Security breaches are happening all around us. Software systems have developed to the point that we use and depend upon them daily in the same way that we depend upon traditional infrastructures and utilities. The value of sensitive information in computer systems is constantly increasing, and the same can be said for the corresponding threats, but measures to reduce the resulting vulnerabilities are not developed at the same pace.
The fundamental way of solving the security problem is by building secure software, defending against exploitation from the earliest stages of development, with a consistent maintenance of the "security-push" throughout the whole development life-cycle. Today's software development business requires high-speed software delivery from the development team. In order to provide fast delivery of products, organizations have made transformations from their conventional development approach to agile development methods in an attempt to increase the effectiveness of their software development. Agile software development has a huge impact on how software is developed worldwide, and Norway is leading the research in this area, where almost all software companies use agile methods.
However, agile projects often focus on immediate business features and functionality over security requirements. There are no security engineering practices developed specifically for the agile processes. Furthermore, the suitability of traditional security engineering processes has rarely been empirically evaluated in industrial agile development settings. Thus, there is little evidence on how to implement security practices in agile software development. Science of Security (SoS) is an area of research that seeks to apply a scientific approach to the study and design of secure and trustworthy information systems. The security research area is a long way from establishing a science of security comparable to the traditional sciences, and even from other software engineering areas. The area suffers from a lack of credible empirical evaluation, a split between industry practice and academic research, and a huge number of methods and method variants, with differences little understood and artificially magnified. Empirical studies are a powerful approach to be used in security research.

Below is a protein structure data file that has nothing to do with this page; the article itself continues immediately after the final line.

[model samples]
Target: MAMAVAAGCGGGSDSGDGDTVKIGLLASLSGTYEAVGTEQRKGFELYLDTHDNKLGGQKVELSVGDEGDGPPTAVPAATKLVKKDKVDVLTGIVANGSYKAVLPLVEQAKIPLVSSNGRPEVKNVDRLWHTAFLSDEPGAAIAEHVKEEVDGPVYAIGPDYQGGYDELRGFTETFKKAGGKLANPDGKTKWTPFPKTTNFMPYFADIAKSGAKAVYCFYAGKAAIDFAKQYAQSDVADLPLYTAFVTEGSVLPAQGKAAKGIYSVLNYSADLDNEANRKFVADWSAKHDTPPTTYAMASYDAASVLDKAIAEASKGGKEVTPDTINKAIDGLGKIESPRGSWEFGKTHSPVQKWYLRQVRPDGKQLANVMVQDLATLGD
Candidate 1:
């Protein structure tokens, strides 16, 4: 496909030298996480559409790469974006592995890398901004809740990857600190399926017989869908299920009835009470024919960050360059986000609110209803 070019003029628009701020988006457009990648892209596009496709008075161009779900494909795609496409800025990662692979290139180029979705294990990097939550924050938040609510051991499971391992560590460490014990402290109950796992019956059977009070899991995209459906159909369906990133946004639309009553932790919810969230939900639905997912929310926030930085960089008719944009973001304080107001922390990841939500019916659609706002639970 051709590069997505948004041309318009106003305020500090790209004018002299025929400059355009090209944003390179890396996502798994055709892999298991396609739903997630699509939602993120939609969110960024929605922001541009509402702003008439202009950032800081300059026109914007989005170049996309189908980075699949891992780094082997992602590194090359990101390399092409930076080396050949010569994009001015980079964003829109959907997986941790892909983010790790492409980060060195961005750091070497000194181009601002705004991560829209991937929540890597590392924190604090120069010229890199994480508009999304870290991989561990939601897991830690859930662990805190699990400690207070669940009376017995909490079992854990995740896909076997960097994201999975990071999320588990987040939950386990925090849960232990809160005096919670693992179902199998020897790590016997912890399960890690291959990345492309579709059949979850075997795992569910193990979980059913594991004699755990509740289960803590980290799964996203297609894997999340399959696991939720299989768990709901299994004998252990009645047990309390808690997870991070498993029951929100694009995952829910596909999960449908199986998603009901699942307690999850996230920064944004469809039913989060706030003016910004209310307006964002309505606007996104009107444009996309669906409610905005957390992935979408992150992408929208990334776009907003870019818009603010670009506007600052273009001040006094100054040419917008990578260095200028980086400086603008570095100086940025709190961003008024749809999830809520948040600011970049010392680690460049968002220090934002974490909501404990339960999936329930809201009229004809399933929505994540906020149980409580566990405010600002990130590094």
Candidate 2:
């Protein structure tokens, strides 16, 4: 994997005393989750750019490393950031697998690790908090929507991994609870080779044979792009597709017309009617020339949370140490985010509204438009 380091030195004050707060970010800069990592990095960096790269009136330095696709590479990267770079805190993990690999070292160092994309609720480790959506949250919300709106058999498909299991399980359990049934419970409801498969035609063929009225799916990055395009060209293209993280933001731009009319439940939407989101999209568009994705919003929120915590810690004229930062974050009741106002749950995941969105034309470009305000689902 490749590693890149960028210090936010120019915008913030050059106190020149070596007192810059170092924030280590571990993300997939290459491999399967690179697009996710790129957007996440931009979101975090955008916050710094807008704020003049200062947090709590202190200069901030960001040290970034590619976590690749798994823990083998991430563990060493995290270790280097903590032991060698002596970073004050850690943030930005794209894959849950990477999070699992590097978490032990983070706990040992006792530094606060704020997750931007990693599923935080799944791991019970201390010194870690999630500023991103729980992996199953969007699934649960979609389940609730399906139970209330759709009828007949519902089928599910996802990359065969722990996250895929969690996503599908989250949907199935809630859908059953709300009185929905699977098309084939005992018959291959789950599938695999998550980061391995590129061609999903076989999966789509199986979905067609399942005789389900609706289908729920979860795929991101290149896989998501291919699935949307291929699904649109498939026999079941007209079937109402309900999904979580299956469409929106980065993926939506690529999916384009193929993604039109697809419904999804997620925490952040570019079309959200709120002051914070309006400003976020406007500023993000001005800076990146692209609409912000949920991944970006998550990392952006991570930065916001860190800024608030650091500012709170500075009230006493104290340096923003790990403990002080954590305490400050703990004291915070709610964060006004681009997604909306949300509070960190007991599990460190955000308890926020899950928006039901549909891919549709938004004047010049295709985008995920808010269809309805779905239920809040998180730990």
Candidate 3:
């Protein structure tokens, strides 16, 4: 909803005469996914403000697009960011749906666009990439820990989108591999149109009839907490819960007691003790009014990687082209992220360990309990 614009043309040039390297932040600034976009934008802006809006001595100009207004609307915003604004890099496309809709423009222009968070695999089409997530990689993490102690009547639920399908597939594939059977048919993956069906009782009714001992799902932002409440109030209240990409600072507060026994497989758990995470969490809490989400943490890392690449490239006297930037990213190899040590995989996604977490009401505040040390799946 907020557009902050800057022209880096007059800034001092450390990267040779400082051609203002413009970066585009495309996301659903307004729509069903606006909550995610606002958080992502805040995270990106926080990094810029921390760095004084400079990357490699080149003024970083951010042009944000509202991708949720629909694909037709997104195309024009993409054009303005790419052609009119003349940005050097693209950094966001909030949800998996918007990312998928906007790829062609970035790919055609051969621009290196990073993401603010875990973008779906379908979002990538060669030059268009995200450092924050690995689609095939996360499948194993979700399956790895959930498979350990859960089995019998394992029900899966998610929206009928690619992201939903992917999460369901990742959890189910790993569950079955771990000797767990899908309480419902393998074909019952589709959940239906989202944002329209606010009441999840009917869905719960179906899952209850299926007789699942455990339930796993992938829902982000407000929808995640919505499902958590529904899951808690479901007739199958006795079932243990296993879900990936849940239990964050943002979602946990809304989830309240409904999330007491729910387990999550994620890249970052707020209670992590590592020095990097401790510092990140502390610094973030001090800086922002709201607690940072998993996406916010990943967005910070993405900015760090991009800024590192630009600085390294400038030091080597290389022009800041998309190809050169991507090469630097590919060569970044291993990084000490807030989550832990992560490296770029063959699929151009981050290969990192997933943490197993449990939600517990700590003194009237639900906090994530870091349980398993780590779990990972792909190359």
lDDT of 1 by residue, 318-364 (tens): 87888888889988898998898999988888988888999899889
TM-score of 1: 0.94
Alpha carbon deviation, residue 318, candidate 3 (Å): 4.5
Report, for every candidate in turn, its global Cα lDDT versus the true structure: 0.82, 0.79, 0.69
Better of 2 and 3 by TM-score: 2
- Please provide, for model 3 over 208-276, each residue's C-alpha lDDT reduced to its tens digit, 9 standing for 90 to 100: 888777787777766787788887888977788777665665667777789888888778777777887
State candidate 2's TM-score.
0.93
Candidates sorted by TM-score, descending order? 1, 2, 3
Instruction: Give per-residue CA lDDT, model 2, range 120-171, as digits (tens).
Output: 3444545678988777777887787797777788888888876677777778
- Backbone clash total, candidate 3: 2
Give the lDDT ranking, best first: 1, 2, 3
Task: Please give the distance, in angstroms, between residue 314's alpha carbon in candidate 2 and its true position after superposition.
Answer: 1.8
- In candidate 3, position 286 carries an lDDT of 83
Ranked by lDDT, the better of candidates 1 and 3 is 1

The overall research problem to be addressed by the project is the general lack of a scientific approach to security research and the integration of software security and agile software development.
- Develop and apply innovative approaches, tools, and techniques for improving security in agile software development in Norway.Empirically understand how software systems can be elicited, designed, built, and maintained to systematically address security issues across an agile development lifecycle.Increase the maturity of the security of software developed in Norway.Foster collaboration within research and practice in order to advance the practice in secure software engineering.
- Disseminate new knowledge and approaches to the international research community by publishing in internationally recognized scientific journals and conferences.
SINTEF is the host institution. Project manager is Dr. Daniela Cruzes; main researchers are Prof. Dr. Tore Dybå, Dr. Martin G. Jaatun and Dr. Tosin Daniel Oyetoyan.
The Norwegian University of Science and Technology (NTNU) is the national research partner, in collaboration with Prof. Dr. Pekka Abrahamson.
The case studies will be performed in close collaboration with three of SINTEF's long-term partners: Telenor, Fara and Powel.
On the research we will also collaborate strongly with our partners in US (Prof. Dr. Laurie Williams, NCSU), Germany (Prof Dr. Michael Waidner, Fraunhofer) and Austria (Dr. Edgar R. Weippl, SBA Research).
The project will have a duration of five years.